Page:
BC secures hotel rooms for homeless residents during pandemic

Apr 25 2020, 10:04 am

The BC government announced it has secured hundreds of empty hotel rooms to temporarily house homeless residents during the COVID-19 pandemic.

According to the province, people experiencing homelessness will first be moved into hotel rooms or community centre spaces for up to six months before being transitioned to permanent supportive housing. Officials said they want to make sure people aren’t discharged back into parks or onto the street.

“In this provincial state of emergency, our priority is public safety: for those living in these encampments, neighbouring communities and front-line workers delivering services to these vulnerable people,” said Mike Farnworth, Minister of Public Safety and Solicitor General, in a release.

In a press conference Saturday, Farnworth clarified this is a public safety order, not a health one. Encampments have become unsafe as people cannot properly physically distance, wash their hands, or self-isolate if they develop COVID-19 symptoms, Farnworth said.

At the same time, travel restrictions related to the coronavirus pandemic have left many hotels in the province and around the world empty as tourists stay home. The province has signed lease agreements with participating hotels for the rooms, and will deep clean them and pay for any repairs before tourists stay in them again.

vancouver hotels

Some hotels have been lit up in heart shapes during the pandemic. @canadianpoli / Twitter

The province said it has secured 686 rooms in eight Vancouver hotels so far, and plans to offer them to residents camped out in Oppenheimer Park first. One hotel has been designated for people who test positive for COVID-19. At this point though,, officials said they don’t know of anyone living in the park who has the virus.

Vancouver Mayor Kennedy Stewart says he welcomes the province’s plan.

“I am very pleased the Province of British Columbia is using its powers and resources to provide much needed housing and wrap-around supports and services to help our most vulnerable neighbours in the Downtown Eastside,” he said in a statement. “These actions will help reduce overdoses and accommodate physical distancing during our two health emergencies.”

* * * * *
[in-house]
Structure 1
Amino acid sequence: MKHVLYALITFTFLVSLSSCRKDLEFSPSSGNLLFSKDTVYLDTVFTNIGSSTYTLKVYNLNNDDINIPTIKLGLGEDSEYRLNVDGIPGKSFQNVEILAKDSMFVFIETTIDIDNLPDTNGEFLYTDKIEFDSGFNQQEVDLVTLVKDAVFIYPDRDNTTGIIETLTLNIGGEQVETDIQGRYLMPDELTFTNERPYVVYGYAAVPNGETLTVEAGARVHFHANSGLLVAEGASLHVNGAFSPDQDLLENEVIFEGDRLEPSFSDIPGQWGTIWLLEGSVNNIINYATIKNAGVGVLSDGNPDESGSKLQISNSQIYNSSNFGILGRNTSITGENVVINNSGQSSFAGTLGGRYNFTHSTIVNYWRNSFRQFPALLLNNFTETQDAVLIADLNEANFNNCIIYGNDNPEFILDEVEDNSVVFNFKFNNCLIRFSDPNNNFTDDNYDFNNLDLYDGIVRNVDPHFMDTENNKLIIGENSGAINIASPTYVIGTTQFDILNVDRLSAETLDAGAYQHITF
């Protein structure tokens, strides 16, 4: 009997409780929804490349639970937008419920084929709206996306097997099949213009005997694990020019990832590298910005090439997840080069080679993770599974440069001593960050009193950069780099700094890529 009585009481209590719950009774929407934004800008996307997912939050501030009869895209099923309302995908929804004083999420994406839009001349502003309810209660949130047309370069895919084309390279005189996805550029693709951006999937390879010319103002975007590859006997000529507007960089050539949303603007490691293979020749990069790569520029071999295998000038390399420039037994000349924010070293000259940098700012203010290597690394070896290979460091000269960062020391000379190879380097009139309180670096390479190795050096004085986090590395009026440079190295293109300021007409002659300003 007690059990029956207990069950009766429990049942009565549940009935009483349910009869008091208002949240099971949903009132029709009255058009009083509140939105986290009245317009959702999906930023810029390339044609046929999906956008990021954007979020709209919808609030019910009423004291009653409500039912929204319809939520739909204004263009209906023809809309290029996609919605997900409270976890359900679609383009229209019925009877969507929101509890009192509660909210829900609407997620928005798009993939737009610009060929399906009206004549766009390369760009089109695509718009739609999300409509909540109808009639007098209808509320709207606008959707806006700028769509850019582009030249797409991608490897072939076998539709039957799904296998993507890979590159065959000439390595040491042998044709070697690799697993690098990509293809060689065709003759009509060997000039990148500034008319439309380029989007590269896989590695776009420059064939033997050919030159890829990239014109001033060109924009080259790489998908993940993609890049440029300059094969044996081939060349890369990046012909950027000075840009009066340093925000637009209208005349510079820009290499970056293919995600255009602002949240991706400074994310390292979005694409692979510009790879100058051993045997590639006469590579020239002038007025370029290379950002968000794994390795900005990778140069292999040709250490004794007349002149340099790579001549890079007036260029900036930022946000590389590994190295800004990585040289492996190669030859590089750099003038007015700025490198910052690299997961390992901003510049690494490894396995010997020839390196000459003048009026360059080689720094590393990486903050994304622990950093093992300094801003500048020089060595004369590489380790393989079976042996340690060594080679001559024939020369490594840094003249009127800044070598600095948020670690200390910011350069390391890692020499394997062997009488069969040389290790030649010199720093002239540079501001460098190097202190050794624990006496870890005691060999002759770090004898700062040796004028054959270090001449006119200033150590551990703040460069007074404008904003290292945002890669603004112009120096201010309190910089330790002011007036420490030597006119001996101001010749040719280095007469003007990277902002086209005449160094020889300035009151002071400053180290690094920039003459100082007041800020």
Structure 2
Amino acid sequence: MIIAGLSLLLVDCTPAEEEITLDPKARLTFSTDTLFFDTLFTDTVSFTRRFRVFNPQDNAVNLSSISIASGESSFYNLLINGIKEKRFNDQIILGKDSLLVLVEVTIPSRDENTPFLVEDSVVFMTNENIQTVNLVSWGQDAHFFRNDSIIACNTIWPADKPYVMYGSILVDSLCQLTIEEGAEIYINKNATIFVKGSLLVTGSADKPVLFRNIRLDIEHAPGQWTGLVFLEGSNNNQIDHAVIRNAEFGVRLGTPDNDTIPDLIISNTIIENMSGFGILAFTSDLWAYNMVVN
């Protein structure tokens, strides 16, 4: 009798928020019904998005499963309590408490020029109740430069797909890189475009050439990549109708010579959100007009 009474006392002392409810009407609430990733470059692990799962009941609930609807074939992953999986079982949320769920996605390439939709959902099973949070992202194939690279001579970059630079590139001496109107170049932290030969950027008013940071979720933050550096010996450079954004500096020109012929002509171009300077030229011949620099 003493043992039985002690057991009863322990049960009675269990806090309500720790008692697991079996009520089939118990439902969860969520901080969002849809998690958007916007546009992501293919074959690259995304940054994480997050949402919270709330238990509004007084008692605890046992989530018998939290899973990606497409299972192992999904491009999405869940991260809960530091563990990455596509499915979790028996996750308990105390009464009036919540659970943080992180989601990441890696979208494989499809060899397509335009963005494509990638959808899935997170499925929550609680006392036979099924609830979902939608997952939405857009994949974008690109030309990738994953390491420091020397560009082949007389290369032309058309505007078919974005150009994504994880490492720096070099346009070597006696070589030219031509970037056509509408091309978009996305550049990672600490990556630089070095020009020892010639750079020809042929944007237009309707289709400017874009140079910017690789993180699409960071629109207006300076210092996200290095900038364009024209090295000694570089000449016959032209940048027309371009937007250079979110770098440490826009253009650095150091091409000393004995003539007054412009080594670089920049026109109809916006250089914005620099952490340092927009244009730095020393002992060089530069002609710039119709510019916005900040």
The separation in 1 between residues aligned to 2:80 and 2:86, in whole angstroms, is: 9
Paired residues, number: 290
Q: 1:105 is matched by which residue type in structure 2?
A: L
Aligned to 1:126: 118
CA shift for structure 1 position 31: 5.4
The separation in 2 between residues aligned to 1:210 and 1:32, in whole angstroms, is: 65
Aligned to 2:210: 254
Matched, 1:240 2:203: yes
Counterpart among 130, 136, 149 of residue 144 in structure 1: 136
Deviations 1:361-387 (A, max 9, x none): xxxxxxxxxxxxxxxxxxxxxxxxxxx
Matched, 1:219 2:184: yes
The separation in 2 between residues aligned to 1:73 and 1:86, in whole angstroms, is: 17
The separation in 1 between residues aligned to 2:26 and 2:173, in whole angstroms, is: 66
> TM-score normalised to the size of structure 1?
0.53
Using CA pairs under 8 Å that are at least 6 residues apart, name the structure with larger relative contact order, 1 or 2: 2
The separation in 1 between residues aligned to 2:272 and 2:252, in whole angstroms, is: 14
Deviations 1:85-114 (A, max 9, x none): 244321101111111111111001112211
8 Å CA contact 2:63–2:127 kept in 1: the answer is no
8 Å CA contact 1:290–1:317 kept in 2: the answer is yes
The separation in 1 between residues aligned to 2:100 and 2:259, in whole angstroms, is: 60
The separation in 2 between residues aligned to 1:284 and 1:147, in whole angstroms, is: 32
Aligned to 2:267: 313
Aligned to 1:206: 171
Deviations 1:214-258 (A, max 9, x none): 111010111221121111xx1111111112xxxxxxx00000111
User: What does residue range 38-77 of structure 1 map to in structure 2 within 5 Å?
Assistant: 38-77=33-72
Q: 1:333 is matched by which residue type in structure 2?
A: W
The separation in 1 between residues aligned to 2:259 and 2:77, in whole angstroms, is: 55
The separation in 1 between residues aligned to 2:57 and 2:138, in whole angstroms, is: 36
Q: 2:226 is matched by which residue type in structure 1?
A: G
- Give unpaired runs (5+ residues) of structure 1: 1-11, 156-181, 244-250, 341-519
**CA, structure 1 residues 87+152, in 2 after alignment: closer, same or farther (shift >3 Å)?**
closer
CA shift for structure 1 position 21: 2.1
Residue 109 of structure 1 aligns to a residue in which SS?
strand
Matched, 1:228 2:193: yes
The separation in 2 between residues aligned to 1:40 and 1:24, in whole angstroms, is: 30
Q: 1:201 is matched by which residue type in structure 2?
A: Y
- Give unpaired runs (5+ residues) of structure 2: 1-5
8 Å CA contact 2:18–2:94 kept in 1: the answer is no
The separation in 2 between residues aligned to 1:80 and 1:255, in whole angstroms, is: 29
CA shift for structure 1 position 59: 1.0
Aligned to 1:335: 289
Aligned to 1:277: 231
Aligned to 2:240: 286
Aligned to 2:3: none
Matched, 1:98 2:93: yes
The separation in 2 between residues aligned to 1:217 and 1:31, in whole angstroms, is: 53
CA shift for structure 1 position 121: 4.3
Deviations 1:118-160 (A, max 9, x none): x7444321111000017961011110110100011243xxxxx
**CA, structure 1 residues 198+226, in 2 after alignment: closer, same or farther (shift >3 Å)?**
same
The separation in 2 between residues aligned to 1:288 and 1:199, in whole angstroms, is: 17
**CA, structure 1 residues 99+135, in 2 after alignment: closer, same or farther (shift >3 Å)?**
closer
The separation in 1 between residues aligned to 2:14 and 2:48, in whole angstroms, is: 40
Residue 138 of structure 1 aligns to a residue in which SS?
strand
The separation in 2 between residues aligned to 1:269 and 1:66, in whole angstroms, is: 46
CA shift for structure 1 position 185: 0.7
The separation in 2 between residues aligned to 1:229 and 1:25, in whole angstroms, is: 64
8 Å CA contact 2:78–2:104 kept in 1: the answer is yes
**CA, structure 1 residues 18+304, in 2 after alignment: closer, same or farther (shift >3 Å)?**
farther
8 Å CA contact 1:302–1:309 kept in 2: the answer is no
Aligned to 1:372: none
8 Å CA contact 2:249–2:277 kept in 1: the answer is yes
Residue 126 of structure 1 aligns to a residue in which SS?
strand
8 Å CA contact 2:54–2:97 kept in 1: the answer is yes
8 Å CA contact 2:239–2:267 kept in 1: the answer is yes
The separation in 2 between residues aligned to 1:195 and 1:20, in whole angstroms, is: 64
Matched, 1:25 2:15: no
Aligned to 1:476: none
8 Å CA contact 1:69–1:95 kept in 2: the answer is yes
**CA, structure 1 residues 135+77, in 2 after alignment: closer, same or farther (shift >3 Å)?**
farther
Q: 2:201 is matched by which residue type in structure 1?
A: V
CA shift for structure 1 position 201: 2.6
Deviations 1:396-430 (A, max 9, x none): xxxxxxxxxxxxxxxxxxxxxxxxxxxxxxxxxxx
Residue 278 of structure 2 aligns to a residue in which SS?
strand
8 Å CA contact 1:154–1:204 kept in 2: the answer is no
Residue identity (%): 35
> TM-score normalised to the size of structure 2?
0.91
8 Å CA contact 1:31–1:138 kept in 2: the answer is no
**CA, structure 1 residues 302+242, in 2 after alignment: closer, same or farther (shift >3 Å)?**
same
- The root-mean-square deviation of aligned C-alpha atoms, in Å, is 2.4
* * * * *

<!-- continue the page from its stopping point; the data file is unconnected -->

In Victoria, 324 hotel rooms have been secured for an estimated 360 people sleeping in Topaz Park and on Pandora Avenue.

All efforts will be made to keep couples and families together as they’re moved from parks to hotels, provincial staff said. Professional movers (and appropriate personal protective equipment) have been contracted to pack homeless residents’ belongings in bins and move them from parks or streets to the hotels.

The province expects 20 to 30 people will be moved per day for the next few weeks. The first moves will begin this weekend.

Moving into the hotels is voluntary, officials say.

People need to be referred to the hotel program by outreach groups working with the homeless population. An outreach worker will assess each individual, and they’ll be matched with a hotel based on their needs.

There will be designated floors in the hotels for women, youth, and culturally-specific spaces for Indigenous people. People staying in the hotels will also receive three meals per day.

Staff say hotels are a temporary solution, and their goal is to move park residents into longer-term supportive housing.

They’re looking accelerating construction of more temporary modular housing (TMH), saying thousands of new units could be available within the next year. Another option would be securing longer-term leases on the hotel rooms people are staying in.

Once in long-term supportive housing, residents will have access to wrap-around supports including a meal program, mental health and addictions counselling, a doctor, and a 24-hour building concierge.

Shane Simpson, Minister of Social Development and Poverty Reduction, said providing safe accommodation and essential supports to people experiencing homelessness has been a priority for the government for a long time.

“Now, more than ever, with the concurrent emergencies of the pandemic and the ongoing opioid crisis, it is time to implement long-term housing solutions that take care of and protect our most vulnerable people,” he said.